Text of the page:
MacPherson: Crisis communication is essential. It’s a question not of “if” something happens, but “when.” It is vital to be prepared. We have a crisis communication plan and we have ongoing training. Should there be a crisis, we need to respond quickly. Everyone has a phone now and can put photos or comments on social media instantly. We have to be prepared to act just as quickly. Also the realm of what can happen at a resort has expanded. We have always prepared to deal with the PR aspects of serious accidents, lift evacuations and that sort of thing. A good crisis plan anticipates every possible situation, even the unimaginable.
NESJ: There must be some lighter sides to the ski PR business. Care to share any?
MacPherson: Once at Bretton Woods I was going on live TV in North Conway, stopping in at the station on my way to work. I called the resort to see if anything special or new was going on to talk about. I was told the roof blew off the Mount Washington Hotel the previous night. Literally a section of it peeled back, exposing rooms on the top level. There was a wedding scheduled for that day as well as a corporate group doing some training there. And the hotel was full! I suddenly had to deal with this on live TV. And everything went off as scheduled. Guests were moved around, the wedding proceeded as planned and no activities were interrupted even though workmen were walking through the lobby carrying giant planks to repair the roof. Despite the disruption, everyone ended up happy.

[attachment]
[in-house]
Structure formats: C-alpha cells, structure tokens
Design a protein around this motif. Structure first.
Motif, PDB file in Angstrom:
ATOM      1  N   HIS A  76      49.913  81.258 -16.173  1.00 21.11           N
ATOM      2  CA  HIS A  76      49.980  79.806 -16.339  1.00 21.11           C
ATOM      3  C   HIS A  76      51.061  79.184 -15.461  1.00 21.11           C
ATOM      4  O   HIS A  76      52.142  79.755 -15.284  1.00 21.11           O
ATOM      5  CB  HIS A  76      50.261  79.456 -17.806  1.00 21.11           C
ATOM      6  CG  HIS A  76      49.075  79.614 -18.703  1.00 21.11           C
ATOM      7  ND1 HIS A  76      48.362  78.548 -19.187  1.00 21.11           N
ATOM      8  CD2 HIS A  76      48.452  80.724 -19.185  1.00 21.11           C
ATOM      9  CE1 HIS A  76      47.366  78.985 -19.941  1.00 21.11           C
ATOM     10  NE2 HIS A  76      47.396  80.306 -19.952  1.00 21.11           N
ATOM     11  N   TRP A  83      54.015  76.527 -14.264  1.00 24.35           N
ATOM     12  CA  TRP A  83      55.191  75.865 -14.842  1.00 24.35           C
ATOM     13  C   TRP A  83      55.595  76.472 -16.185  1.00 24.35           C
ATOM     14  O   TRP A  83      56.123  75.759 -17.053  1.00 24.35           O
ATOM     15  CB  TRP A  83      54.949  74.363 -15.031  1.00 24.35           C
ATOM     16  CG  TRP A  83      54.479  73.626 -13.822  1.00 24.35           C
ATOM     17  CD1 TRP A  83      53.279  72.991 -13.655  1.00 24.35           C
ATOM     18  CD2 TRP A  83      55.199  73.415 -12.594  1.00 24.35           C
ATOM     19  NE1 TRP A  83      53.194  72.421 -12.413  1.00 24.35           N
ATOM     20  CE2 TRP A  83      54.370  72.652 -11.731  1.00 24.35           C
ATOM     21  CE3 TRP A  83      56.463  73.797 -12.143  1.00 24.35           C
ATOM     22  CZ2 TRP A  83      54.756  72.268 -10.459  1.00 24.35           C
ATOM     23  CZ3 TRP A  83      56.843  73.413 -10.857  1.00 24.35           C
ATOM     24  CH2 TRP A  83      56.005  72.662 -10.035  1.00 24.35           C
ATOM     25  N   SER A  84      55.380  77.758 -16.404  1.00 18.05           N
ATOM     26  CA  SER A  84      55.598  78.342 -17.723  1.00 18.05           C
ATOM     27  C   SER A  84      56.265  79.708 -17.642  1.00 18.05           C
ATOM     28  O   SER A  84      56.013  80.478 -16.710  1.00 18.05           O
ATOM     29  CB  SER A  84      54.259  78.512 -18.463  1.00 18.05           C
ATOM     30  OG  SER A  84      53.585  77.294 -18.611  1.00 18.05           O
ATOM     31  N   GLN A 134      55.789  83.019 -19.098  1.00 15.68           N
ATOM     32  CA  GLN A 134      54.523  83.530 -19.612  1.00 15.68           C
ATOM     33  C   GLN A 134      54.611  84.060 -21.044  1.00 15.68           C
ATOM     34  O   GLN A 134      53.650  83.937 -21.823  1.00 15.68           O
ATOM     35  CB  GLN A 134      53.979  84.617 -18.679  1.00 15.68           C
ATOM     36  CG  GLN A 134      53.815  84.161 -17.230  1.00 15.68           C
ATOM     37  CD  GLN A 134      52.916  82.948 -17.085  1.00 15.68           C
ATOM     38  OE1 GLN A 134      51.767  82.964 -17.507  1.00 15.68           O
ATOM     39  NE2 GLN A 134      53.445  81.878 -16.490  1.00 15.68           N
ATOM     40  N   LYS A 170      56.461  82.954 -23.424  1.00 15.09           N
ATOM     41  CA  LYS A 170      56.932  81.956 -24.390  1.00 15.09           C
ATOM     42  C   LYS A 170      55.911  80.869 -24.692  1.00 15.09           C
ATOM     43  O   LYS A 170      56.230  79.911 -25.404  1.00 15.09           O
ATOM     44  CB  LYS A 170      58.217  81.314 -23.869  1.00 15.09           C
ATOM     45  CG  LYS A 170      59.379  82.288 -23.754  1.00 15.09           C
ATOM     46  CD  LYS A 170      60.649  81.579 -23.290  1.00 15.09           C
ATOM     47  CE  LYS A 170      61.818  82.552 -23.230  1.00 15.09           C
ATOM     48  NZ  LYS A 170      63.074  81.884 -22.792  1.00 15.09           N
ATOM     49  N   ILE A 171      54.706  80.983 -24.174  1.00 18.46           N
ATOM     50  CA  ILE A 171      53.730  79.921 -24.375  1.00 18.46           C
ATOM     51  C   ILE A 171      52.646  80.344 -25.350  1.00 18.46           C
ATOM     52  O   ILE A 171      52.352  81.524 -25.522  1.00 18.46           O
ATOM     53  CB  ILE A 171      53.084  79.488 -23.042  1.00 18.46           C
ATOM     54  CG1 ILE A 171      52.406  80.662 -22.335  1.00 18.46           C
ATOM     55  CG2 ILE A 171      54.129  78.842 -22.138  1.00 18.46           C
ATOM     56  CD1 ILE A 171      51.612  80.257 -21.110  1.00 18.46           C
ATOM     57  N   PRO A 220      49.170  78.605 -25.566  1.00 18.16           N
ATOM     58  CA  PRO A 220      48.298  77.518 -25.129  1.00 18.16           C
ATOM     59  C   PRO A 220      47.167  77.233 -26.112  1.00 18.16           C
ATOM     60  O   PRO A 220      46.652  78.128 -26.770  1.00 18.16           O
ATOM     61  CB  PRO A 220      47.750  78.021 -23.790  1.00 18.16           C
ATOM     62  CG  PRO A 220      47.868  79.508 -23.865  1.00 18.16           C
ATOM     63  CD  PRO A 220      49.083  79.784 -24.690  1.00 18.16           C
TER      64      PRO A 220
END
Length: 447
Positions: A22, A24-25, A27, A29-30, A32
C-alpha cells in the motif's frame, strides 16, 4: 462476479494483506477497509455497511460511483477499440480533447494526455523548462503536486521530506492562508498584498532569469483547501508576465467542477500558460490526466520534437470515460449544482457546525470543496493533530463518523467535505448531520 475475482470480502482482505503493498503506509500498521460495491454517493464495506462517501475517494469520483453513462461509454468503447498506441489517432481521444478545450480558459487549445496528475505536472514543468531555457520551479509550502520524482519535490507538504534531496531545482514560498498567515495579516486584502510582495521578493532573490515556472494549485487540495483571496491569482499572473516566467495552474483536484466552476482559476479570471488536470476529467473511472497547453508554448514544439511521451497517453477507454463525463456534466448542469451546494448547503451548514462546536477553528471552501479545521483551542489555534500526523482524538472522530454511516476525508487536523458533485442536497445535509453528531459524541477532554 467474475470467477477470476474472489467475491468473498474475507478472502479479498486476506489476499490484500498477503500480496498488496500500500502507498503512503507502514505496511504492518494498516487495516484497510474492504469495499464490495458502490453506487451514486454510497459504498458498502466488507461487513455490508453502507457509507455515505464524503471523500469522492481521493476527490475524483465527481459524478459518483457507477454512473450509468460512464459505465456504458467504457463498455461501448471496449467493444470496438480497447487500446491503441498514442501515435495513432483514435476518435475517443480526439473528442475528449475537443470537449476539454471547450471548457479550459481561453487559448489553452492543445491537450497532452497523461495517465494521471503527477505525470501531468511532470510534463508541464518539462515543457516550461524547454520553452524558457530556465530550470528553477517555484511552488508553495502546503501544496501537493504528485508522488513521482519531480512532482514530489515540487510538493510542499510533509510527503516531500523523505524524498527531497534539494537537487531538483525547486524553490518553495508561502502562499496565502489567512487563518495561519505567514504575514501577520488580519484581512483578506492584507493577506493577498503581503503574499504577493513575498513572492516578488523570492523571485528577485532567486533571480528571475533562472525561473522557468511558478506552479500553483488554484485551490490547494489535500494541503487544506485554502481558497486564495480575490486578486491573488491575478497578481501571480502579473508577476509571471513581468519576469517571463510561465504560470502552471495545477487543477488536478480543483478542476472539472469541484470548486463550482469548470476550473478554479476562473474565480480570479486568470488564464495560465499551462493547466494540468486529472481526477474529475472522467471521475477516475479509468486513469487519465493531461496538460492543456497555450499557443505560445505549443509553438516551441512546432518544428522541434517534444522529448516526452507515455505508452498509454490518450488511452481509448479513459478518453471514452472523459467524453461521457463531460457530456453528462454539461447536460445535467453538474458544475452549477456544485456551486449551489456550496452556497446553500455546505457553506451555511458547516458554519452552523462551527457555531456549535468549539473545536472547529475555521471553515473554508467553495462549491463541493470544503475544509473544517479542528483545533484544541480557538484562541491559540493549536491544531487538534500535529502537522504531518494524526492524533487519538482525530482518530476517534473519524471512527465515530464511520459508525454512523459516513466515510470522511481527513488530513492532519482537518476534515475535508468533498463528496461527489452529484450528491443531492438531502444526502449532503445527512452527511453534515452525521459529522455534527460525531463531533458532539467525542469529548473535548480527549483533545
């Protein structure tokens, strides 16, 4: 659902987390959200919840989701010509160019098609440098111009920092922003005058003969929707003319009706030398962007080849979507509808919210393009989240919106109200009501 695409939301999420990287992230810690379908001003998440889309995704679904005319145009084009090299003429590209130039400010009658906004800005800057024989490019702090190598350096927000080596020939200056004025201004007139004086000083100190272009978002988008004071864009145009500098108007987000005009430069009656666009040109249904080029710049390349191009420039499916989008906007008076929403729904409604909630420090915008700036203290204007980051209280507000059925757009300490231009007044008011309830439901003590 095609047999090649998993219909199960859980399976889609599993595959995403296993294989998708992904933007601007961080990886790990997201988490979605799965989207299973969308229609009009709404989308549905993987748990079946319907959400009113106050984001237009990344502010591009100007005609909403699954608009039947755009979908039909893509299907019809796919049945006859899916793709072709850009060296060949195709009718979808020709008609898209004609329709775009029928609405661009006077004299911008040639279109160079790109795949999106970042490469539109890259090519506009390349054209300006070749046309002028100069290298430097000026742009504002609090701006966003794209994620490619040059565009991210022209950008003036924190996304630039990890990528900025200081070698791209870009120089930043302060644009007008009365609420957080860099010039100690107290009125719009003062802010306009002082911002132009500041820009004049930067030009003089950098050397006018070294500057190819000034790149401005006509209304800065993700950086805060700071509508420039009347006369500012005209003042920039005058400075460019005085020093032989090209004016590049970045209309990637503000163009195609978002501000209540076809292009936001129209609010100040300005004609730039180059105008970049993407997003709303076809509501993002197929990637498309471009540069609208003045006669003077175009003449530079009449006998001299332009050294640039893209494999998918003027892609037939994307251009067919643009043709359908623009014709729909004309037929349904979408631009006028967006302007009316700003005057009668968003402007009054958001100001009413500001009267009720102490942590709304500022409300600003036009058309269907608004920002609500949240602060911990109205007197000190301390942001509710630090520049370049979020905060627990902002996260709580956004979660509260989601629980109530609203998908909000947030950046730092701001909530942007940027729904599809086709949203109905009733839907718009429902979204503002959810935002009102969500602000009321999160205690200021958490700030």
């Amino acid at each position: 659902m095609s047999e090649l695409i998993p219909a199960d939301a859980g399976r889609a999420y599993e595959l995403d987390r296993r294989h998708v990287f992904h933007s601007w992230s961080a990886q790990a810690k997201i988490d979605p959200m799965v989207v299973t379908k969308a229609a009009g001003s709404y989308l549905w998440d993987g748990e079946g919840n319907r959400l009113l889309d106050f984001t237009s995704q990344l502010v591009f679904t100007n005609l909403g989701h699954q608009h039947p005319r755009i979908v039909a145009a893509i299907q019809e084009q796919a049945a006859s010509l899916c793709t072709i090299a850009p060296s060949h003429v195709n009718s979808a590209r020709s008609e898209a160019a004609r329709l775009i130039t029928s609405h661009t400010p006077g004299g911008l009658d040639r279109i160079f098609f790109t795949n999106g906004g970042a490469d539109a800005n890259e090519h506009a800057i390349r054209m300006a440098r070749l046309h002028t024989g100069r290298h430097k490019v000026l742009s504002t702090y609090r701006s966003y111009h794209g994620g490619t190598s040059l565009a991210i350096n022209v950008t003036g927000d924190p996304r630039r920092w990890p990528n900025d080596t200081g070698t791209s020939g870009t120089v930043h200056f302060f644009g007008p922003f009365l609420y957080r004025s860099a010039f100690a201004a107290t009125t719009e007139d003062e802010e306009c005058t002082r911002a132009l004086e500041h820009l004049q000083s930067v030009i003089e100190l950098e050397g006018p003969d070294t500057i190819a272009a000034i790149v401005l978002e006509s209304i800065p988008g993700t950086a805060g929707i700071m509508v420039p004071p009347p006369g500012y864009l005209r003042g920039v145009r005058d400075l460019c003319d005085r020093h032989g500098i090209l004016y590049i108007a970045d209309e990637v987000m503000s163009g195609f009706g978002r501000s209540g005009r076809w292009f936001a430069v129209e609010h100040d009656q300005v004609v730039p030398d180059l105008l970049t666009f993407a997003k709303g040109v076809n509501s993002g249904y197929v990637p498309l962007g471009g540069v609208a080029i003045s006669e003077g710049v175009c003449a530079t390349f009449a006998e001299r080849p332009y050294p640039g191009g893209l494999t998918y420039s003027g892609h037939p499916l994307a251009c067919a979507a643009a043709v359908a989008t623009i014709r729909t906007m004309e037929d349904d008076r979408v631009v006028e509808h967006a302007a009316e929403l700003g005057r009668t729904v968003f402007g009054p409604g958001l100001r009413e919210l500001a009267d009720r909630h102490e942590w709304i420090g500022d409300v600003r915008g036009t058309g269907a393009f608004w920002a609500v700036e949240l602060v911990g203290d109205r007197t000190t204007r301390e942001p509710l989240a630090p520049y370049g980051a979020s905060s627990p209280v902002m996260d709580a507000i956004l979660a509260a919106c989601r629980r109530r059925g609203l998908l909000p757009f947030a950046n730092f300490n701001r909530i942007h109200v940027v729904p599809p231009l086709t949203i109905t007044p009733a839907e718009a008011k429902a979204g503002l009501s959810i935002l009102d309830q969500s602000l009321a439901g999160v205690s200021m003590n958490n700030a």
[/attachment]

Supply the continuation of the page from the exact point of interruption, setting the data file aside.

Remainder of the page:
Here at Okemo I was called up by someone who claimed he wrote about skiing for a website and wanted a free trip to come here — lodging, lift tickets, meals — for himself and his photographer. I told him I’d look at his website and let him know. Most of the site seemed to be about smoking pot, fast cars and hot women. Nothing about sports. I called him back to say he wasn’t a good fit for us. He got quite aggressive and called my boss and our parent company complaining. Further research was done and we found he was quite the con artist and had a reputation even within his company for getting free trips. And the photographer was his girlfriend. Needless to say, we did not host him.
On the more humorous side, when I was at Bretton Woods the resort decided to use the Cog Railway for skiing. We built ski racks on the side of the coach. I planned a media event, filling the coach with reporters — they’d be the first to ski Mount Washington. It was a very big deal. The train went up the side of the mountain and pulled off at a siding where the trail down began. There was a water tower right next to the tracks because the train had a steam engine and water had to be replaced. As we went by the water tower, everyone’s skis in the rack were leaning out a bit. We hadn’t done a trial run with skis in the rack and there wasn’t enough room. The skis got caught between the tower and the train. Some of them got bent, twisted and completely trashed. No skiing for the owners of those skis — they had to ride back down. Bretton Woods had to replace a few pairs of skis. Everyone had a great time and skiing on Mount Washington via the Cog only lasted one year!
NESJ: Do you have any funny stories from here at Okemo?
MacPherson: Not that I can tell now. The people involved are still around. Maybe in my memoirs.
NESJ: What do you like best about your job?
MacPherson: It’s about the people. I’ve made so many friends. A lot of professional relationships have developed into real long friendships that last beyond public relations.